KAZUO SHIRAGA (1924-2008)
KAZUO SHIRAGA (1924-2008)
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This lot has been imported from outside of the UK … Read more PROPERTY FROM A DISTINGUISHED EUROPEAN COLLECTION
KAZUO SHIRAGA (1924-2008)

Mo-shun (Early Spring)

Details
KAZUO SHIRAGA (1924-2008)
Mo-shun (Early Spring)
signed in Japanese (lower left); signed and titled in Japanese (on the reverse)
oil on canvas
18 x 21in. (45.6 x 53.2cm.)
Painted in 1980
Provenance
Tokyo Gallery and Beijing Art Projects, Tokyo.
Private Collection, Japan.
Acquired from the above by the present owner.
Special notice
This lot has been imported from outside of the UK for sale and placed under the Temporary Admission regime. Import VAT is payable at 5% on the hammer price. VAT at 20% will be added to the buyer’s premium but will not be shown separately on our invoice.
Further details
This work is accompanied by a certificate of registration issued by the Japan Art Dealers Association.

Brought to you by

Anna Touzin
Anna Touzin Specialist, Head of Day Sale

Lot Essay

Kazuo Shiraga’s Mo-shun (Early Spring) swells with unrestrained vigour: bright yellow, eddies of red, and smears of white fill the canvas. A single streak of blue sweeps across the impasto surface. The vibrant, luminous colours evoke sensations of rejuvenation, renewal, and, like the work’s title suggests, an upswelling of energy. Indeed, Mo-shun (Early Spring) is both an image and the physical embodiment of the act of painting. As an influential member of Gutai, the post-war art movement in Japan whose members explored the relationship between material and activity, Shiraga’s canvases capture a raw dynamism. To merge fully with his materials, he often used unconventional tools such as wooden spatulas and squeegees to his own feet. These methods could be taxing: In endeavouring to ‘create paintings with no composition or no sense of colours, no nothing’, Shiraga gave his whole self to his compositions (K. Shiraga, in ‘Osaka Action Talk: From an Interview by Haryu Ichiro (1973)’ in Kazuo Shiraga: Six Decades, exh. cat. McCaffrey Fine Art, New York 2010, p. 62). For the artist, the canvas no longer served as a mirror onto the world but rather the locus of action itself. Painted in 1980, Mo-shun (Early Spring) represents a pivotal moment in Shiraga’s practice and the last vestiges of Gutai in his art; during the subsequent decade he would turn towards new theoretical considerations.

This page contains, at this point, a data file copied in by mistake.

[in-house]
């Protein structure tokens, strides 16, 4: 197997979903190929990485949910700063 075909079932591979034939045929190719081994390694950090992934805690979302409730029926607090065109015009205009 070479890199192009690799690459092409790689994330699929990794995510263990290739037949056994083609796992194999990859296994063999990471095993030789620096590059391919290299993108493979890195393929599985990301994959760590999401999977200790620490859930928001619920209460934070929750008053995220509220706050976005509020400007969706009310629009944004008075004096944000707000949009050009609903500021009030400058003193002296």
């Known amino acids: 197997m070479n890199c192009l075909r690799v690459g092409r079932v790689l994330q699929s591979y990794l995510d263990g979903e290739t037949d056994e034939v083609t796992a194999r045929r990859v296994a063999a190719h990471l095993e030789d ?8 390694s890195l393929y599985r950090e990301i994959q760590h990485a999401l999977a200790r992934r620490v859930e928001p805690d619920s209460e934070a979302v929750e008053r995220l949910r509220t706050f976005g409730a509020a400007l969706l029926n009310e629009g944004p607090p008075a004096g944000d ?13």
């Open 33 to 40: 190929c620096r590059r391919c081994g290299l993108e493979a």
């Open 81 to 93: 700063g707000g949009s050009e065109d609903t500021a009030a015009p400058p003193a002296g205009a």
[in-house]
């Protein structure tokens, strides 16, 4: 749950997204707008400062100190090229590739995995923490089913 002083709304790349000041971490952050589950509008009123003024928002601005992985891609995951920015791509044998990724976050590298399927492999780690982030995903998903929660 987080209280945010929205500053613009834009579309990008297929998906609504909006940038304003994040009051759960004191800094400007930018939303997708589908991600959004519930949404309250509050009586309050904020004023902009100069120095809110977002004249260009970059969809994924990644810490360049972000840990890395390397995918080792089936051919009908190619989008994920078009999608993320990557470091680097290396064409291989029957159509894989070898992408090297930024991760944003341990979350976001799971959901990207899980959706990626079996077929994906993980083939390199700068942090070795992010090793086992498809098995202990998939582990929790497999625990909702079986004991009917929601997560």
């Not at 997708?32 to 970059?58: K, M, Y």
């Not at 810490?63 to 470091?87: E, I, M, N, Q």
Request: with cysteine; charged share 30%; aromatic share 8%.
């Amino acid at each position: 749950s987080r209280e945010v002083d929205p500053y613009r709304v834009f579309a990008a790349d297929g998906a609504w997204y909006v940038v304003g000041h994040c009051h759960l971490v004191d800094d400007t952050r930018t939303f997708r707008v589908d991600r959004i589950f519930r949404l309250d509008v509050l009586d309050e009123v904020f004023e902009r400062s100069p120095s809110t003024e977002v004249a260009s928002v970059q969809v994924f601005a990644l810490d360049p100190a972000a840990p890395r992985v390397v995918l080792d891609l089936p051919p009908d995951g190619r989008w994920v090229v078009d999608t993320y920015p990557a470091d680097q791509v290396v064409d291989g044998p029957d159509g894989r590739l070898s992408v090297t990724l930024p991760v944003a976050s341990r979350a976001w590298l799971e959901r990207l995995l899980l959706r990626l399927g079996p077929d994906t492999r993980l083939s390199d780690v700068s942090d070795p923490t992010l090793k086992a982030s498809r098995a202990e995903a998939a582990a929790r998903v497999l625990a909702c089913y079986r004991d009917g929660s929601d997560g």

Owing to his interest in melding gesture and medium, Shiraga’s paintings are often discussed in dialogue with Jackson Pollock’s drip paintings, which were similarly physically taxing. Although he was fascinated by the Abstract Expressionist’s canvases, Shiraga worked to tease out a more complete understanding of the relationship between image, spirit, and body. As Yoshihara Jiro, a leader of Gutai, explained, ‘In Gutai Art, the human spirit and the material shake hands with each other, but keep their distance. The material never compromises itself with the spirit; the spirit never dominates the material’ (Y. Jiro, ‘Gutai Manifesto 1956’, reproduced in A. Munroe, Japanese Art After 1945: Scream Against the Sky, New York 1994, p. 84). By melding both Japanese and Western traditions, Shiraga forged a radical visual idiom centred upon the body. Works such as the present retain clear traces of the artist’s hand which can be seen in the painting’s gestural qualities and chromatic potency. Indeed, the intensity of Mo-shun (Early Spring) reaches beyond the confines of the canvas towards a spiritual plane.

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